Should Family Violence Prevention Services Programs Be Reauthorized & Reformed? (H.R. 2119)
Do you support or oppose this bill?
What is H.R. 2119?
(Updated March 21, 2022)
This bill would modify, expand, and reauthorize the Family Violence and Prevention Services program, which funds emergency shelters and supports related assistance for victims of domestic violence, through fiscal year 2026. It would require the Dept. of Health and Human Services (HHS) to award grants and enter into cooperative agreements with state and tribal domestic violence coalitions, and community-based organizations, to support prevention services. Grant recipients would be required to use funding to provide technical assistance; promote evidence-informed prevention strategies; implement coordinated, community responses to reduce risk factors for family violence; and develop prevention partnership strategies.
HHS would be required to award specified grants to organizations that provide population-specific services in underserved communities and to community-based organizations that provide culturally specific domestic violence services to racial and ethnic minority groups. The bill would also establish a grant program for tribal domestic violence coalitions to support the provision of local, tribal, family domestic or dating violence services and require HHS to award a grant for the administration of a hotline dedicated to serving Indians affected by domestic violence.
Additionally, the bill would modify certain program-wide definitions; changes the requirements for specified grant applications, eligibility criteria, and use of funds.
Argument in favor
This bill would make a number of improvements to critical programs aimed at preventing family and domestic violence and supporting survivors. It would improve coordination between state, local, and tribal groups receiving federal assistance and ensure that such programs are properly tailor and culturally specific.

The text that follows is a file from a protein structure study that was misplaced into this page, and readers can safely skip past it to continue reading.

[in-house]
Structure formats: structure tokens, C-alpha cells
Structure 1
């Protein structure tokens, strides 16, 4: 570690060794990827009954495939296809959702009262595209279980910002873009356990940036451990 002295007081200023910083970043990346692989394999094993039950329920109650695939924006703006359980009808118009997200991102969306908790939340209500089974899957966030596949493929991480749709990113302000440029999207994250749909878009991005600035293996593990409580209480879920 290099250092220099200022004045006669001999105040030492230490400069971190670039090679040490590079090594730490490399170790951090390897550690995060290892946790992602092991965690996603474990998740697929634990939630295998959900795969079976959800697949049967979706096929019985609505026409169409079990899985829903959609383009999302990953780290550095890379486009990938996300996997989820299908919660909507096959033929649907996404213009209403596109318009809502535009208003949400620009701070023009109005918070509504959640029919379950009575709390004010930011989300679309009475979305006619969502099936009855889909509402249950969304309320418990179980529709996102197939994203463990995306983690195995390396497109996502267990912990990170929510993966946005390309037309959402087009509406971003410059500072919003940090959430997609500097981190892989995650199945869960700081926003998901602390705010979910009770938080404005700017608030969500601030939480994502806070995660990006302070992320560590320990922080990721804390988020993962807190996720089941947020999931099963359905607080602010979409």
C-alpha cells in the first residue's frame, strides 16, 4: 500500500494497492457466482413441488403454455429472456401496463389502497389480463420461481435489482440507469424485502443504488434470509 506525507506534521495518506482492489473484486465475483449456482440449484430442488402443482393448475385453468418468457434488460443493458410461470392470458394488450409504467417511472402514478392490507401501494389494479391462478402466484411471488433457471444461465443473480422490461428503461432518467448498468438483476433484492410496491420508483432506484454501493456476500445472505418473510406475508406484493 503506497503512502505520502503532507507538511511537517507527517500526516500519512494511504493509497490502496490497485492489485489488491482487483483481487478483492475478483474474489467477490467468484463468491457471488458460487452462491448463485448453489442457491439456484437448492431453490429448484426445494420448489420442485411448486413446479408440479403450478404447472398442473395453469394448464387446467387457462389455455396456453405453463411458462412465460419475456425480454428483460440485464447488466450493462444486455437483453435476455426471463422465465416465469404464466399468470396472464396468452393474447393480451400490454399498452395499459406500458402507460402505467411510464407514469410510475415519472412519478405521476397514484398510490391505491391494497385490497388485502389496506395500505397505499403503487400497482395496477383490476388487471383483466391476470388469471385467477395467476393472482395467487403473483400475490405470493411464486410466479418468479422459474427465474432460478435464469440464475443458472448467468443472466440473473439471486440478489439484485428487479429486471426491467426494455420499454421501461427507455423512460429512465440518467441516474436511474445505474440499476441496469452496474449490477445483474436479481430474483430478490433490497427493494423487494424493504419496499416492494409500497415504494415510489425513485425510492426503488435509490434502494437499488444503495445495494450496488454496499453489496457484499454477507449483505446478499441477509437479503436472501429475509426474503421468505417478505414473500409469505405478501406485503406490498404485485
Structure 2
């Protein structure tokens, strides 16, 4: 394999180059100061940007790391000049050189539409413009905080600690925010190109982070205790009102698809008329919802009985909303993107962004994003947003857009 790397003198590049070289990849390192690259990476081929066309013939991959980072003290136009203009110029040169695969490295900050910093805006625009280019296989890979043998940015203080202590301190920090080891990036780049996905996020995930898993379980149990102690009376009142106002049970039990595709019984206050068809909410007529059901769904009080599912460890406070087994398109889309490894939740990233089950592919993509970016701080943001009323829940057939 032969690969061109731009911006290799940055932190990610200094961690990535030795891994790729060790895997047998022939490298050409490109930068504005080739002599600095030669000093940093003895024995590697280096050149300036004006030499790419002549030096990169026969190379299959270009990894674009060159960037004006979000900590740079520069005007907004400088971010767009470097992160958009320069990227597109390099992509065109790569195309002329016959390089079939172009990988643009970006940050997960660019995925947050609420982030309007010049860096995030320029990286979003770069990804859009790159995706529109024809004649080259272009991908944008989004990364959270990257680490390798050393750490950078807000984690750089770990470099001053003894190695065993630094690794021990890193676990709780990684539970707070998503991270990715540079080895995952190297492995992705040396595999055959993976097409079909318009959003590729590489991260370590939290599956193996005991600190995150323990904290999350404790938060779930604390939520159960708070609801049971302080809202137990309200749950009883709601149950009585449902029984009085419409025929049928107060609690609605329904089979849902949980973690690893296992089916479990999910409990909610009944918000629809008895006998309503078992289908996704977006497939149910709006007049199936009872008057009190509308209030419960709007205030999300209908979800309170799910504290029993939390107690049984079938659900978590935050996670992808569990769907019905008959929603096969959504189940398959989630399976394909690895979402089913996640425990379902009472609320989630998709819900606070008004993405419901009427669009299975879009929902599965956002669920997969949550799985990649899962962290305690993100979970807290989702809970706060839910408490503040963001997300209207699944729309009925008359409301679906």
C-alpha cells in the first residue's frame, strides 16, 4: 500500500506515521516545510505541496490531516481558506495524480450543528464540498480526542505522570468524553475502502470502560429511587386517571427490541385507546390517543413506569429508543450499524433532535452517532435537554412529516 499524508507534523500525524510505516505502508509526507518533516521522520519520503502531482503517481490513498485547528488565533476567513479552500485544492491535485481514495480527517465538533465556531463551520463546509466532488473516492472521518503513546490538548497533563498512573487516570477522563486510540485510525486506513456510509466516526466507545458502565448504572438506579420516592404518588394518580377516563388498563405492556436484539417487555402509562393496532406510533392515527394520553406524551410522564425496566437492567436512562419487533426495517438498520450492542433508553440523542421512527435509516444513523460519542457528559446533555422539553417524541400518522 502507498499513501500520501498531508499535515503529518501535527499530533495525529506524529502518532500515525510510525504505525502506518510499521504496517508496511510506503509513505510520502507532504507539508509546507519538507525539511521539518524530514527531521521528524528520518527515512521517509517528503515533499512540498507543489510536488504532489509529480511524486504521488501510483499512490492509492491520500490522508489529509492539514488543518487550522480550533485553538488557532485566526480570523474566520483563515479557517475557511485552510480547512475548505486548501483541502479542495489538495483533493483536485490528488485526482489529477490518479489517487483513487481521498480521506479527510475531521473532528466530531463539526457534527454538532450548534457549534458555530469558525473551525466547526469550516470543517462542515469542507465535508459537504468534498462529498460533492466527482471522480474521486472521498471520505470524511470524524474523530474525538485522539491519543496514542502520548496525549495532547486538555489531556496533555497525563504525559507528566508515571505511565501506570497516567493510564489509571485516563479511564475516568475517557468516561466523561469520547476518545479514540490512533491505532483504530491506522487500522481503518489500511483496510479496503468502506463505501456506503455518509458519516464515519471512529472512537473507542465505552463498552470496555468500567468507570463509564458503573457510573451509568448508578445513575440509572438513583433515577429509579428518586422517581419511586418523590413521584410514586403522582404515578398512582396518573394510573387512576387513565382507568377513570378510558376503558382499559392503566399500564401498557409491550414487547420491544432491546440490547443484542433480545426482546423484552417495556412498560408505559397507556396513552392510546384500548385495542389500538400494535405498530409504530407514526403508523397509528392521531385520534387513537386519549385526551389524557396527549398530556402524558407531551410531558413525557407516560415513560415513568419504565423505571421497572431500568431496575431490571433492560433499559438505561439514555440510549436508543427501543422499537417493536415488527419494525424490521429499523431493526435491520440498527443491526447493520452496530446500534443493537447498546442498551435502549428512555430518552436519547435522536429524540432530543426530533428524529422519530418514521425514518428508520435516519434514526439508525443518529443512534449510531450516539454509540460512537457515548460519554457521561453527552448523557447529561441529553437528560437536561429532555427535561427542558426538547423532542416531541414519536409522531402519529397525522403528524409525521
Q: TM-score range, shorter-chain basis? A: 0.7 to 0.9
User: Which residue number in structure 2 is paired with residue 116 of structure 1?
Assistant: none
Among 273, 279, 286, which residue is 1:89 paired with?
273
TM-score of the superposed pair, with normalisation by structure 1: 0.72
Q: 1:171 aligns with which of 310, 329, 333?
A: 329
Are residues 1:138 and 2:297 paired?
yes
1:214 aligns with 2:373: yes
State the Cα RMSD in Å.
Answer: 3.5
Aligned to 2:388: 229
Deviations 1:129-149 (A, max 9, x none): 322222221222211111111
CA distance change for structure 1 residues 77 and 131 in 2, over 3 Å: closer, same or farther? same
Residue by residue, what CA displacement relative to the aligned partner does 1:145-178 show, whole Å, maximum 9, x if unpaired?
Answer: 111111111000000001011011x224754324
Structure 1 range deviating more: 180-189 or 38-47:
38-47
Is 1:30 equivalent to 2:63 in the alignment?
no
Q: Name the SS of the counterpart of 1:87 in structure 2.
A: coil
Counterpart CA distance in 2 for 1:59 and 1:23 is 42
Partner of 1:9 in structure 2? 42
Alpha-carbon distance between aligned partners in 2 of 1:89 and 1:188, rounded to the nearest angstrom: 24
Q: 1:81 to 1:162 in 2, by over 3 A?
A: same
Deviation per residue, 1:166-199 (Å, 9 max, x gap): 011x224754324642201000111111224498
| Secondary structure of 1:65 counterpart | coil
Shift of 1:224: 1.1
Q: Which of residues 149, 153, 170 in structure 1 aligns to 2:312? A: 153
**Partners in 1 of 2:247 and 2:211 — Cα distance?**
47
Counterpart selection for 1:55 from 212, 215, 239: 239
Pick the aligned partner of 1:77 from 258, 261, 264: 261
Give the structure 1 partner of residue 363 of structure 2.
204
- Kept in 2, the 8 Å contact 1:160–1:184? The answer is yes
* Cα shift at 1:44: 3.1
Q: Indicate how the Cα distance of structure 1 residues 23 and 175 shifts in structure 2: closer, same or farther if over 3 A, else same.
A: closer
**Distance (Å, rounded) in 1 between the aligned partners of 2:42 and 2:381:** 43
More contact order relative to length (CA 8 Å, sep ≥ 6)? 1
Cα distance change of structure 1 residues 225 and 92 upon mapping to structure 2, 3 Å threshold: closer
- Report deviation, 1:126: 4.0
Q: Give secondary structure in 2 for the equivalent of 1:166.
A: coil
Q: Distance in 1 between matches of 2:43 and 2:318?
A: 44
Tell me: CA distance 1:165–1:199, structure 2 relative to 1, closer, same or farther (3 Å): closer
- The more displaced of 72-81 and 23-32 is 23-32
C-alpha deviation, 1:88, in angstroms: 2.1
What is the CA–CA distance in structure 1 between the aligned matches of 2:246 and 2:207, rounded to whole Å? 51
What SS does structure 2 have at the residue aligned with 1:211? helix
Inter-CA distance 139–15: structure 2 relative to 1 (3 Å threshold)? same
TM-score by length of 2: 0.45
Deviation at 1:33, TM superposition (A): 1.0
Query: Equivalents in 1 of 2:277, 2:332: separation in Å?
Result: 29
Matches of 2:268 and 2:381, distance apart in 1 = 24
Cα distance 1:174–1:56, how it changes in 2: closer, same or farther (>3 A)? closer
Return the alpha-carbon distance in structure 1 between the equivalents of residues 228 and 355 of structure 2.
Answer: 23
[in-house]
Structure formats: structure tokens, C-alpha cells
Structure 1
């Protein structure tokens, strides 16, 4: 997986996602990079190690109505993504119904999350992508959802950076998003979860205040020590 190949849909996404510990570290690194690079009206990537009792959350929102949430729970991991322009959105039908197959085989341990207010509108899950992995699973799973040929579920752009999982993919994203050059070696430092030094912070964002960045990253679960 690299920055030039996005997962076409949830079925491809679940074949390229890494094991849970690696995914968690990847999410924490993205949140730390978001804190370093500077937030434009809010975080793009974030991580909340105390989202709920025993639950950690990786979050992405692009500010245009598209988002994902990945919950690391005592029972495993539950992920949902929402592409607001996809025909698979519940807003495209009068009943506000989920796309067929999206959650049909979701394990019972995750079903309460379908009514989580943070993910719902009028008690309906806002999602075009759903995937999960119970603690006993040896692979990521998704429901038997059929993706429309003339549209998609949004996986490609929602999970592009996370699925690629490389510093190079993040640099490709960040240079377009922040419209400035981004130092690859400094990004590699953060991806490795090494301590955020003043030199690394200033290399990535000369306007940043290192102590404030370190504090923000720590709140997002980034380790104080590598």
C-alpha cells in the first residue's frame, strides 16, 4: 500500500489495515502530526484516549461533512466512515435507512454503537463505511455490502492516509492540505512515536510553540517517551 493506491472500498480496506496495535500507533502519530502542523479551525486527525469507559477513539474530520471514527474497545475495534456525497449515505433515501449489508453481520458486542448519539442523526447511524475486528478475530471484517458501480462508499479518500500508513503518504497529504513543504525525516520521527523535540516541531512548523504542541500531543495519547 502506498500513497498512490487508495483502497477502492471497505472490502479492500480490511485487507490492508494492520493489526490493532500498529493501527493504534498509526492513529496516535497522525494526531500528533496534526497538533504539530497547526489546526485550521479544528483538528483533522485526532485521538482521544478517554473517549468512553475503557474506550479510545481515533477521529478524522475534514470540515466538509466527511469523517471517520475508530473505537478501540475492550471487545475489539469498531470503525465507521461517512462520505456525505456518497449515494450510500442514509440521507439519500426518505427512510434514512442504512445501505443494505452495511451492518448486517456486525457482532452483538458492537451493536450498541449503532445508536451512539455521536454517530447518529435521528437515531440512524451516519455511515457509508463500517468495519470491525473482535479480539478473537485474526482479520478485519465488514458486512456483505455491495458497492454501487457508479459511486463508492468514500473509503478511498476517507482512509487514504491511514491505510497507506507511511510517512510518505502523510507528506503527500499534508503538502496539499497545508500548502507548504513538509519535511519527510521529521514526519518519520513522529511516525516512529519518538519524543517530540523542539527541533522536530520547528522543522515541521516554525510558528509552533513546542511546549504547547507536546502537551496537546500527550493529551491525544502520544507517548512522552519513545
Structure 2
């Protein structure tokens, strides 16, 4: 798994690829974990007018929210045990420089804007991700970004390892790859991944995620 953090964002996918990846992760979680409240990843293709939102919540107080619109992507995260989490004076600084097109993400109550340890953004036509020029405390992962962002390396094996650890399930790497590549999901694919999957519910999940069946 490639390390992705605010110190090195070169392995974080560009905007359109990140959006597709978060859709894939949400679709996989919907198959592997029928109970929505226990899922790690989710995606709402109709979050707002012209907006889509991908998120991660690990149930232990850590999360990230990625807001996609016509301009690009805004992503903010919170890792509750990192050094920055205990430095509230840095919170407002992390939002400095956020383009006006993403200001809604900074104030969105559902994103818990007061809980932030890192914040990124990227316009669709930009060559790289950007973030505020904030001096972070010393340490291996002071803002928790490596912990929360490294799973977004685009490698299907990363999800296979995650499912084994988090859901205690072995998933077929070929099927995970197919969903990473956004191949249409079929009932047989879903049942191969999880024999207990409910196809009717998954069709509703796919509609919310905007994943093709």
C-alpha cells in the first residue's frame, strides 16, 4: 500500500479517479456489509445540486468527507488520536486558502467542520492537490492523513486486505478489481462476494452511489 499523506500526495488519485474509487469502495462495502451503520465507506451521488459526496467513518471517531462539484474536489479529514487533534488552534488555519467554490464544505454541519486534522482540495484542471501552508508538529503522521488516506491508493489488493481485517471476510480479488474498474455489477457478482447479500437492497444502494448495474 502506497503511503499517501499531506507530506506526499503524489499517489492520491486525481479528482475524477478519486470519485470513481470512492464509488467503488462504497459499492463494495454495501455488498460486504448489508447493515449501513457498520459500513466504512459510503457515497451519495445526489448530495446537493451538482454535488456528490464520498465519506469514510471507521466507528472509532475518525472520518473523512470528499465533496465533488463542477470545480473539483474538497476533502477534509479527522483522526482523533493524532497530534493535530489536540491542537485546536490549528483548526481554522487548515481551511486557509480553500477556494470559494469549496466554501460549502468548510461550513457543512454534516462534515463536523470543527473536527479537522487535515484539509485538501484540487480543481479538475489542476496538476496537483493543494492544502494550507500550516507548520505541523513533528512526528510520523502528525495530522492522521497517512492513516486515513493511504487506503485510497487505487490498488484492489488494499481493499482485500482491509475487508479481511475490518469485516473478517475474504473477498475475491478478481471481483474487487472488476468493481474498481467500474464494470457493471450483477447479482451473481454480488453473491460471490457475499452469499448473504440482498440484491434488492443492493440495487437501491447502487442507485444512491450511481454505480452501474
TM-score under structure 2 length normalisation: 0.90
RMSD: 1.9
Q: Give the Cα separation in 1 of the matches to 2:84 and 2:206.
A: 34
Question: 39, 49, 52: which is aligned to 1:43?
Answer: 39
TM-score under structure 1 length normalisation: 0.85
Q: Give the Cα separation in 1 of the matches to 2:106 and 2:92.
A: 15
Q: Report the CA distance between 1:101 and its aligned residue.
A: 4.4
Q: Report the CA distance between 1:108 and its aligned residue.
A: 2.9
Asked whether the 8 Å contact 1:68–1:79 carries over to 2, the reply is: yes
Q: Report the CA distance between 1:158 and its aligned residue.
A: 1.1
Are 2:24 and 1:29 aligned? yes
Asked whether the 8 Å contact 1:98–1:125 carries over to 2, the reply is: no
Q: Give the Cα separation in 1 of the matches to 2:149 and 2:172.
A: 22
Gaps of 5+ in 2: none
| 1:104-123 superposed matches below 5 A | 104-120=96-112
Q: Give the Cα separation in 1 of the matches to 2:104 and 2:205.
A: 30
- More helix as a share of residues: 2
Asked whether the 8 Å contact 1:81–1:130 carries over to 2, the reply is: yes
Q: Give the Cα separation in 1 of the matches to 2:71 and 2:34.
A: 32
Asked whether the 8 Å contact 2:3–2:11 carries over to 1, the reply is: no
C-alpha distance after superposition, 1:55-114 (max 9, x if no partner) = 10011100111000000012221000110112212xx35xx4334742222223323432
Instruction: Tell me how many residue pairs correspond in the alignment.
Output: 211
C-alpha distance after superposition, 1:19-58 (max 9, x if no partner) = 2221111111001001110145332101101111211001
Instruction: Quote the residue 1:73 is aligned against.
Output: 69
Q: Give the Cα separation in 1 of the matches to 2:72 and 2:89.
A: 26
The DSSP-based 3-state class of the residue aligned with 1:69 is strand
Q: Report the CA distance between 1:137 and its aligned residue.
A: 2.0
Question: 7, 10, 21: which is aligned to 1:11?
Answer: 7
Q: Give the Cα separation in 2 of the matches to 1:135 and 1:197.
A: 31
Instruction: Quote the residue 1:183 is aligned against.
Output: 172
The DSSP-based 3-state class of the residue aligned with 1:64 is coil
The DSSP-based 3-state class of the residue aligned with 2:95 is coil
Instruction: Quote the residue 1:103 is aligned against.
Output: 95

Programs aimed at preventing family and domestic violence are too important to become a political football, but unfortunately Democrats drafted this bill in a manner that opens the door to taxpayer funding of abortions and would make it harder for faith-based organizations to help people in need. This bill should be scrapped to make way for a truly bipartisan proposal.
Individuals seeking help while dealing with family and domestic violence; programs which provide prevention and support services for people dealing with family and domestic violence; and HHS.
Cost of H.R. 2119
The CBO estimates that enacting this bill would authorize $327.5 million in annual appropriations over the FY2022-2026 period for a total of $1.316 billion in that timespan. Congress would need to enact appropriations for that spending to occur.
In-Depth: Rep. Lucy McBath (D-GA) introduced this bill to reauthorize and expand funding for programs that aim to prevent family and domestic violence and protect survivors and offered the following statement on its introduction: